Have you ever wondered what talking to a vet online is like? What pet questions can you ask, what diagnoses can they make, how can they help your pet? If you're curious about vet telemedicine or just your dog or cat in general, you've found the right place. Pawp is a 24/7 digital vet clinic that helps your pet through every stage of their emergency — from triage to payment.
Every week, Pawp's online vets answer pet questions about cats and dogs they've received over the week. When you ask a vet anything, it definitely leads to interesting questions... and answers! If you need general vet advice, have a question you can't find a straight answer to, or you need help in an emergency, talk to Pawp's online vets now. You can also check last week's Ask A Vet.
Ask Our Online Vets Anything
My puppy is sleeping 18 hours a day. Is this normal?
Congratulations on your new puppy! Although sleeping 18-20 hours a day can be hard for a human to fathom, it's not all that out of the ordinary for a puppy. As you can probably tell in the remaining six hours your puppy is awake, they definitely have a way of tiring themselves out and burning through a lot of energy (which is why they need to eat more too!).
Even adult dogs can sleep up to 14 hours a day. You may not notice it as much as most dogs prefer to nap throughout the day rather than conk out for the whole day straight. Unless your puppy's lethargy persists in their waking hours or if they have any other symptoms, they should be fine (just tired!).
Read More: Is My Dog Sleeping Too Much?
Which ingredients do you not want to see on your dog food nutrition panel?
When it comes to your dog's food, the simpler the ingredient list generally the better. Looking for a dog food with an AAFCO seal of approval is a good start, that means it meets the nutritional standards of a healthy and balanced dog food. In general, you should avoid dog food with "meal" rendered products, artificial preservatives and colorings, lots of carbohydrates, and propylene glycol.
Read More: The Ingredients You Should Avoid In Dog Food
My dog won't stop barking. What should I do?
Determining the reason your dog is barking will help solve the problem at hand. Is your dog protecting their territory or acting as a watchdog? Closing the curtains or blocking the outside view can help. Is your dog afraid or anxious? Remove the stressor if possible, otherwise train your dog to associate the stressor with positive things, like treats. Is your dog demanding attention? They could be bored, hungry, or ready for a walk. Try using interactive dog toys to quell their boredom. Overall, it helps to keep your dog active. Tired dogs don't bark nearly as much!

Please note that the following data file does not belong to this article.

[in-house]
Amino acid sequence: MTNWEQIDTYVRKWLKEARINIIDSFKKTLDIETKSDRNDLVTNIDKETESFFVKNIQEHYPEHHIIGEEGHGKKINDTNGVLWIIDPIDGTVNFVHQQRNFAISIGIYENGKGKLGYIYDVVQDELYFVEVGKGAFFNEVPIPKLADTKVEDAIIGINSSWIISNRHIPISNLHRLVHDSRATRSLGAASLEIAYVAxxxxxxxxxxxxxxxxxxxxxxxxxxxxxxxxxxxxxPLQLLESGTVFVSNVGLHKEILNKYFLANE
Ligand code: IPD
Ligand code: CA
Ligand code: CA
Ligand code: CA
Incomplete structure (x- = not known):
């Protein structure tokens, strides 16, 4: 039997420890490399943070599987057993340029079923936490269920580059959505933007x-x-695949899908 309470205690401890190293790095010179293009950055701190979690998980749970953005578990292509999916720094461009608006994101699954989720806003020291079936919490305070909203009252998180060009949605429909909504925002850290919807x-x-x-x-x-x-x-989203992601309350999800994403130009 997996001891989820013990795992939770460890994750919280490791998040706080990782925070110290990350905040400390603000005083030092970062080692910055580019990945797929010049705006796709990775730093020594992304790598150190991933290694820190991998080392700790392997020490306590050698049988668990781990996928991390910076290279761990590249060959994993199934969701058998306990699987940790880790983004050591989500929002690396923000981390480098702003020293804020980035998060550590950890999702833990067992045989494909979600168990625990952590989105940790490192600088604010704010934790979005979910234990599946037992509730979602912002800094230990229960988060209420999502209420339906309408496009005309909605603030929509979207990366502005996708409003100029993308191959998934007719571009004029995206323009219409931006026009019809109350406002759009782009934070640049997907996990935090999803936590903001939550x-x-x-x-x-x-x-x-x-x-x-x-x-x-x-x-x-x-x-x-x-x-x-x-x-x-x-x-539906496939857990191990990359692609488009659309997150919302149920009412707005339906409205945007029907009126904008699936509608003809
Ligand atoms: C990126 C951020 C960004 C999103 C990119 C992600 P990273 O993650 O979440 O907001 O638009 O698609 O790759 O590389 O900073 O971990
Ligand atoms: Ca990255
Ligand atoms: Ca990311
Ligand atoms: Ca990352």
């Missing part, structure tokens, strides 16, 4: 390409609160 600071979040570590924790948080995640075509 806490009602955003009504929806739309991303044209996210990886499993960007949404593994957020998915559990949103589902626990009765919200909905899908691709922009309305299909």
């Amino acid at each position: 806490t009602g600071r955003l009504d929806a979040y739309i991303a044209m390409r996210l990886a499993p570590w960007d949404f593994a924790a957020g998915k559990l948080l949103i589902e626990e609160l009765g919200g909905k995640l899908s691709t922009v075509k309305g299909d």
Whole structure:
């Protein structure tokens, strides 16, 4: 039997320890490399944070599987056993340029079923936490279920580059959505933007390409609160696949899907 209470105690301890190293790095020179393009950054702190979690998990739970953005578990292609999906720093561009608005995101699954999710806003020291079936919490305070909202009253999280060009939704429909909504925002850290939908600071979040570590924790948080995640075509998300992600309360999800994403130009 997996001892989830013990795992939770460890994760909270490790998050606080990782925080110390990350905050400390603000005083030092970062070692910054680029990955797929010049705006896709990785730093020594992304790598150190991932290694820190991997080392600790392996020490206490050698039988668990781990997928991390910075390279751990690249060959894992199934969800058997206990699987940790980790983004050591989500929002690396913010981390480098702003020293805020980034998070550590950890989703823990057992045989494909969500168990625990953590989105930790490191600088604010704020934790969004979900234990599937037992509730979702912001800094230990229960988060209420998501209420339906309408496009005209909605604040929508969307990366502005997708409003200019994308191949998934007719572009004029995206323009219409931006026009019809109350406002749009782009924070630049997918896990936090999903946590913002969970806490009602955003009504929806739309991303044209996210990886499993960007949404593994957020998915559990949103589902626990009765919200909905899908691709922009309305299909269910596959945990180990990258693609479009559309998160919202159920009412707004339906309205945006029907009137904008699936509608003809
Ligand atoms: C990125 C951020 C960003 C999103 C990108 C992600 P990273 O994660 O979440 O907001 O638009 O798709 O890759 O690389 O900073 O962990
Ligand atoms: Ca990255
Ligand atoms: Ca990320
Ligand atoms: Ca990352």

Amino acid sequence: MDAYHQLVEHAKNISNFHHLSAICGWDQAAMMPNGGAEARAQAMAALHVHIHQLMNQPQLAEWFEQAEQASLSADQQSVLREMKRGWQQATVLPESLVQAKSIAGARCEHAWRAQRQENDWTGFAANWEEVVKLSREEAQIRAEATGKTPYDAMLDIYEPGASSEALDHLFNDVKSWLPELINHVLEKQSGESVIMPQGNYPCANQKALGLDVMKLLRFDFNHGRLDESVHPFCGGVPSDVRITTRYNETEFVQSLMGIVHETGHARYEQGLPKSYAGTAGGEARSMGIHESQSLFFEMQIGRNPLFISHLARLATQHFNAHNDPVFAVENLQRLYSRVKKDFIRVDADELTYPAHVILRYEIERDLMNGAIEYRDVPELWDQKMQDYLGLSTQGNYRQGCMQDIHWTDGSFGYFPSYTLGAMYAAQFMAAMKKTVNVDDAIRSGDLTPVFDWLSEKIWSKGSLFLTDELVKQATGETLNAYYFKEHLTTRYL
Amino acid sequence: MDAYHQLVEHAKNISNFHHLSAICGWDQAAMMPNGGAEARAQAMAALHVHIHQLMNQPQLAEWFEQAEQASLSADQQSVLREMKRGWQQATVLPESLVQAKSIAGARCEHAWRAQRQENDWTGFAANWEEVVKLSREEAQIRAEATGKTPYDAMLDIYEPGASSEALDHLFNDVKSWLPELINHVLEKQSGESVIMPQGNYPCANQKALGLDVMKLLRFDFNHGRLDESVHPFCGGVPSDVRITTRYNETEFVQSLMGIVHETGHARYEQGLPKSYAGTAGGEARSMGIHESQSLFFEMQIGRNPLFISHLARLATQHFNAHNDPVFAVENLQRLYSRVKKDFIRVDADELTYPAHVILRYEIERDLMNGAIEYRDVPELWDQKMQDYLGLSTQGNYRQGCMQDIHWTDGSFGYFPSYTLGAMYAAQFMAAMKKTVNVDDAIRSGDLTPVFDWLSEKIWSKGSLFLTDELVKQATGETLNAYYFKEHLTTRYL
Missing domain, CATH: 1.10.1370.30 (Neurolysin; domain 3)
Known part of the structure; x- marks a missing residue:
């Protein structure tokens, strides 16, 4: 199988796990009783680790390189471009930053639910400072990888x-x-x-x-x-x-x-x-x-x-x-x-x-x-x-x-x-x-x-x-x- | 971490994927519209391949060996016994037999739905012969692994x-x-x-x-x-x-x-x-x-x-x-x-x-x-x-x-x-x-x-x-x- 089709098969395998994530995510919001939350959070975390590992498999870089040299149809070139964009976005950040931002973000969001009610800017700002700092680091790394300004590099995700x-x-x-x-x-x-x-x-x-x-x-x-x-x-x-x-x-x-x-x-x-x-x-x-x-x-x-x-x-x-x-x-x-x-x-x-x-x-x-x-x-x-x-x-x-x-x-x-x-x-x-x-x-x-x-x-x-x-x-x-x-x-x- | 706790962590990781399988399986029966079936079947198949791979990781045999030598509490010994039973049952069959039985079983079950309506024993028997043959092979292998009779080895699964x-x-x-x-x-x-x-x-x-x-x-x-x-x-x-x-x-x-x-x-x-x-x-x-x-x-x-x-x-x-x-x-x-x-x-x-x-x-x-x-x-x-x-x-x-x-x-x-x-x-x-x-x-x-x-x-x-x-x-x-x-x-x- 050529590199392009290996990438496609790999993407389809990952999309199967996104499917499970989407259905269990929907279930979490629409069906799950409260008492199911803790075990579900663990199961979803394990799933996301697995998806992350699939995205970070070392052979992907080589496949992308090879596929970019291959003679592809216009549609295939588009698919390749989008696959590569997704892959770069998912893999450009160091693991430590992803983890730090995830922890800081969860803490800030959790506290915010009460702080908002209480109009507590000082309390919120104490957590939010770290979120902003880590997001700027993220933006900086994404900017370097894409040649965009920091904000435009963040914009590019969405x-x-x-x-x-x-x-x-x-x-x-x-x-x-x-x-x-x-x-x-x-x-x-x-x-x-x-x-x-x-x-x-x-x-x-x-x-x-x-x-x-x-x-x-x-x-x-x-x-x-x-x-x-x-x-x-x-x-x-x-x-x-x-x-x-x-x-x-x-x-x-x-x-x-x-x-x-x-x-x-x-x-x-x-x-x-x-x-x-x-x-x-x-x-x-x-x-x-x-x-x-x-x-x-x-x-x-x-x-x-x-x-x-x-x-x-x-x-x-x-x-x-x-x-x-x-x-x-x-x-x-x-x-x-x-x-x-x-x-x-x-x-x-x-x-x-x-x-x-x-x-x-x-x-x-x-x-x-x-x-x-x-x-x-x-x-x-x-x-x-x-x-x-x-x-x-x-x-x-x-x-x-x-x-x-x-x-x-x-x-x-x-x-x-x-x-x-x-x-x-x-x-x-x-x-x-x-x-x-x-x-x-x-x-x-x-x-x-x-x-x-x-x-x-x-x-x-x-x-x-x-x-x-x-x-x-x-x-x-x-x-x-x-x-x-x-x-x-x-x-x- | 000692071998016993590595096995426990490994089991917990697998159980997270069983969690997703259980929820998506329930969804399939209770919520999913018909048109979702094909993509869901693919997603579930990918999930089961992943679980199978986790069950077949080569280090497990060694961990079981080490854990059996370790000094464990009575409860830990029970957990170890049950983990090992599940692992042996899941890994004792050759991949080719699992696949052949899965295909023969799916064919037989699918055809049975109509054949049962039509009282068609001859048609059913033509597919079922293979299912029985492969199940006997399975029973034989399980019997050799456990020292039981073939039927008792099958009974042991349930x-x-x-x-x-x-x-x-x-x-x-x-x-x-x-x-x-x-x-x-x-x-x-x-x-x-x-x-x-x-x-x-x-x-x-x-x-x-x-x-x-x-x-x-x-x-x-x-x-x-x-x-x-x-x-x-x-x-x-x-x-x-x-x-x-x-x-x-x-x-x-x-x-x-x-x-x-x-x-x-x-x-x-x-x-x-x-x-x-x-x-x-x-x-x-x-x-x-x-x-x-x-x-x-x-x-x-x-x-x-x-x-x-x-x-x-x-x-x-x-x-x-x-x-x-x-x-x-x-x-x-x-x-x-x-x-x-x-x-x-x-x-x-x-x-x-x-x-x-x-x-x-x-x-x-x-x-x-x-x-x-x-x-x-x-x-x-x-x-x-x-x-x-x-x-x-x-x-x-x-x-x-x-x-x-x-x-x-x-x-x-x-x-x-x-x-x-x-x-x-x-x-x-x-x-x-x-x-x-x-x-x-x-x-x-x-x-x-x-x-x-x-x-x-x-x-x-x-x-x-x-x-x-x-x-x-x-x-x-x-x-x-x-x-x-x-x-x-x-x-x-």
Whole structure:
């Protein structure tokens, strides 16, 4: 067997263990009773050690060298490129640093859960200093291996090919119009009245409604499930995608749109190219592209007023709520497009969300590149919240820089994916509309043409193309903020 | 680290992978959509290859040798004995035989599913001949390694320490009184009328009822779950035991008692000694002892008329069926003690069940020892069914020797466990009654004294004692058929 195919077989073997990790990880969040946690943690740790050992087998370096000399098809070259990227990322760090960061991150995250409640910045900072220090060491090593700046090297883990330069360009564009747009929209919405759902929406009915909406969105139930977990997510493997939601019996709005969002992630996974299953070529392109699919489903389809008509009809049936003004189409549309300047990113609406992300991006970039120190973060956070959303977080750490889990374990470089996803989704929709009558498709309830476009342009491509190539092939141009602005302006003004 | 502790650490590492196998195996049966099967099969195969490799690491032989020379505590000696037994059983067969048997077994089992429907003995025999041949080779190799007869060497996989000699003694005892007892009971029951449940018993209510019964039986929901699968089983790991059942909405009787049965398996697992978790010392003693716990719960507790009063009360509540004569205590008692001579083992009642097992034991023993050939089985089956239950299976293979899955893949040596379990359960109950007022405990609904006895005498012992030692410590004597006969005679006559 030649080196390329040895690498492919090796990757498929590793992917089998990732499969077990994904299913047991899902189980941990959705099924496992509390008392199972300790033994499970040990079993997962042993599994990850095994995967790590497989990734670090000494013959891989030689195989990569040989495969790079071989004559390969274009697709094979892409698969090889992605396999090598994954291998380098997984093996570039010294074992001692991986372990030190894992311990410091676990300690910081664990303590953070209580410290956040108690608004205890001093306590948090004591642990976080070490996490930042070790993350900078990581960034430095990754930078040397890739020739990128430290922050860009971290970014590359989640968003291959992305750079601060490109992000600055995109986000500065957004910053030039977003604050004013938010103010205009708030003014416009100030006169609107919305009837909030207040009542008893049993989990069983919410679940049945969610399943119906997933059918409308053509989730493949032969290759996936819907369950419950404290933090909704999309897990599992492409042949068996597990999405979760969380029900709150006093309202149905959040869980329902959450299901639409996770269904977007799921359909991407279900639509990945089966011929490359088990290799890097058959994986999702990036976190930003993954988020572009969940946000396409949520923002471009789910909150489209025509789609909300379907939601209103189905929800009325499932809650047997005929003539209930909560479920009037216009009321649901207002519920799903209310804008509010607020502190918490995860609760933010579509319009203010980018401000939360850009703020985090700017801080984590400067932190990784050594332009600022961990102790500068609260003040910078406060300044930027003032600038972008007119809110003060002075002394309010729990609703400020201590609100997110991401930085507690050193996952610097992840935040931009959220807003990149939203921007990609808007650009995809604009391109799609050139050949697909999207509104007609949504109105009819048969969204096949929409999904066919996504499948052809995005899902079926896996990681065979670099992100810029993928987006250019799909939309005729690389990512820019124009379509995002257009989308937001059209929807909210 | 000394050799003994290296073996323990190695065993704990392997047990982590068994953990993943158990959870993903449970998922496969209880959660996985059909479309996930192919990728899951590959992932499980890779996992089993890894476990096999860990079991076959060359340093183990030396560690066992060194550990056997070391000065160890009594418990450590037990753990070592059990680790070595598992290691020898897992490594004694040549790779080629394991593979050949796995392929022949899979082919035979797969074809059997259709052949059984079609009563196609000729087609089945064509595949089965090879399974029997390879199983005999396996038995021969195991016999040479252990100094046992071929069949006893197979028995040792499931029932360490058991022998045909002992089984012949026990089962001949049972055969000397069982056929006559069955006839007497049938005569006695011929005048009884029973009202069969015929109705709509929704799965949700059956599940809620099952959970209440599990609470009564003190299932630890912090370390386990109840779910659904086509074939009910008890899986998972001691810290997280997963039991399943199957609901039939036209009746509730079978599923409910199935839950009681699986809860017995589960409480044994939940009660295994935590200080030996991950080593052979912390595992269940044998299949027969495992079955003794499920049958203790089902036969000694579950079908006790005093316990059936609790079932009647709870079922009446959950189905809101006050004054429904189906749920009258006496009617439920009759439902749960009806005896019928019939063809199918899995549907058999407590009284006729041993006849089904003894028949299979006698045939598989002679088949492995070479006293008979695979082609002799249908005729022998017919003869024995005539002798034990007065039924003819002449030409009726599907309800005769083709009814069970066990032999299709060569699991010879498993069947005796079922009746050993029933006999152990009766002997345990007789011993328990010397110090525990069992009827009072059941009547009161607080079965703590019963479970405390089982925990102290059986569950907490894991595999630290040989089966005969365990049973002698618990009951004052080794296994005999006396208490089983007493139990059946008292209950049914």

Read More: How To Train Your Dog Not To Bark
My cat often has trouble breathing. Could it be asthma?
Anywhere between 1-5% of cats are affected by feline asthma. It is not very common but if it is left untreated can become more severe. So if your cat is showing any persistent symptoms of feline asthma, like trouble breathing, wheezing, coughing, hacking, or vomiting, it's a good idea to contact a vet. If your cat is having extreme symptoms, like blue gums, nose, or lips, bring them to an emergency vet clinic immediately.
Read More: Does My Cat Have Asthma?
Can my cat taste sweet things?
While a slice of cake may be heavenly to humans, it doesn't do much for our feline friends. While every other mammal can experience sweet flavors through the bumps on their tongues, cats cannot. Cats are strict carnivores; they don't derive nutrition from anything other than meat. And thus all cats' bodies (even the big ones) have evolved without the need for the receptors on the tongue that identify sweet things. If your cat is attracted to sweet things, it may be something else in the ingredient list luring your cat in (probably fat).
Read More: Can Cats Taste Sweet Food?
Can you teach a cat tricks?
While dogs are more famous for their training skills, it is indeed possible to do some basic tricks with your cat. First, it's important to remember that cats are different from dogs and don't have the same motivations. While a dog may try and please you, a cat will need a reason to be pleased. Always reward cats for their efforts so they associate a treat with the desired behavior. Clicker training can be effective for tricks like "come," "stay," "shake," or even "play dead." The cat will obey the command, hear a click, and get the treat. It's important to keep your sessions shorter so your cat can remain focused for the duration. Remember Rome wasn't built in a day and your cat may take some coaxing before they comply.